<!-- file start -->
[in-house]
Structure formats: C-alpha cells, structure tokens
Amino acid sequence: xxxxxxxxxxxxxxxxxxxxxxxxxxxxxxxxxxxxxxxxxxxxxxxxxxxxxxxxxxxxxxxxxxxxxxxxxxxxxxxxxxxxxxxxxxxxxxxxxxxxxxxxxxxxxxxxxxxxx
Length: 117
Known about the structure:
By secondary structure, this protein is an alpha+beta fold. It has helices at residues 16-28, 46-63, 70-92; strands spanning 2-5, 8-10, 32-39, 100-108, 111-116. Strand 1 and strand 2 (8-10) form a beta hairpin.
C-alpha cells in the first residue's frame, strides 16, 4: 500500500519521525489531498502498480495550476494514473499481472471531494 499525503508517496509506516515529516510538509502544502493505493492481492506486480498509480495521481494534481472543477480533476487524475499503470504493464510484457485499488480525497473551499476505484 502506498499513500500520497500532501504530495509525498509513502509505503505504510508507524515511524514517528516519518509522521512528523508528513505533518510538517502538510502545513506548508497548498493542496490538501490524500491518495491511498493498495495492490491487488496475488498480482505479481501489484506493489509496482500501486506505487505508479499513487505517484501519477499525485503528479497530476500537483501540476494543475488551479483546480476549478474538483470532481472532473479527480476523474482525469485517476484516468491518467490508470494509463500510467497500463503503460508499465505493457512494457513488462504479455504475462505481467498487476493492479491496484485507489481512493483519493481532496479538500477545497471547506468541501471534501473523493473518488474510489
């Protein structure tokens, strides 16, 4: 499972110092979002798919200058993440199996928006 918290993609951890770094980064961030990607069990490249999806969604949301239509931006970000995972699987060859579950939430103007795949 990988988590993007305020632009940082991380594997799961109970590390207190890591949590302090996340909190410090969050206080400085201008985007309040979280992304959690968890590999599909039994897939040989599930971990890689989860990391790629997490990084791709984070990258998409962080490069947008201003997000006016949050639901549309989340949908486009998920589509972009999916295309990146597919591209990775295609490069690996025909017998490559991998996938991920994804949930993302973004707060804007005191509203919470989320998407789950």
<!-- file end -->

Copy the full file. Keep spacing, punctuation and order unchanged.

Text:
[in-house]
Structure formats: C-alpha cells, structure tokens
Amino acid sequence: xxxxxxxxxxxxxxxxxxxxxxxxxxxxxxxxxxxxxxxxxxxxxxxxxxxxxxxxxxxxxxxxxxxxxxxxxxxxxxxxxxxxxxxxxxxxxxxxxxxxxxxxxxxxxxxxxxxxx
Length: 117
Known about the structure:
By secondary structure, this protein is an alpha+beta fold. It has helices at residues 16-28, 46-63, 70-92; strands spanning 2-5, 8-10, 32-39, 100-108, 111-116. Strand 1 and strand 2 (8-10) form a beta hairpin.
C-alpha cells in the first residue's frame, strides 16, 4: 500500500519521525489531498502498480495550476494514473499481472471531494 499525503508517496509506516515529516510538509502544502493505493492481492506486480498509480495521481494534481472543477480533476487524475499503470504493464510484457485499488480525497473551499476505484 502506498499513500500520497500532501504530495509525498509513502509505503505504510508507524515511524514517528516519518509522521512528523508528513505533518510538517502538510502545513506548508497548498493542496490538501490524500491518495491511498493498495495492490491487488496475488498480482505479481501489484506493489509496482500501486506505487505508479499513487505517484501519477499525485503528479497530476500537483501540476494543475488551479483546480476549478474538483470532481472532473479527480476523474482525469485517476484516468491518467490508470494509463500510467497500463503503460508499465505493457512494457513488462504479455504475462505481467498487476493492479491496484485507489481512493483519493481532496479538500477545497471547506468541501471534501473523493473518488474510489
């Protein structure tokens, strides 16, 4: 499972110092979002798919200058993440199996928006 918290993609951890770094980064961030990607069990490249999806969604949301239509931006970000995972699987060859579950939430103007795949 990988988590993007305020632009940082991380594997799961109970590390207190890591949590302090996340909190410090969050206080400085201008985007309040979280992304959690968890590999599909039994897939040989599930971990890689989860990391790629997490990084791709984070990258998409962080490069947008201003997000006016949050639901549309989340949908486009998920589509972009999916295309990146597919591209990775295609490069690996025909017998490559991998996938991920994804949930993302973004707060804007005191509203919470989320998407789950």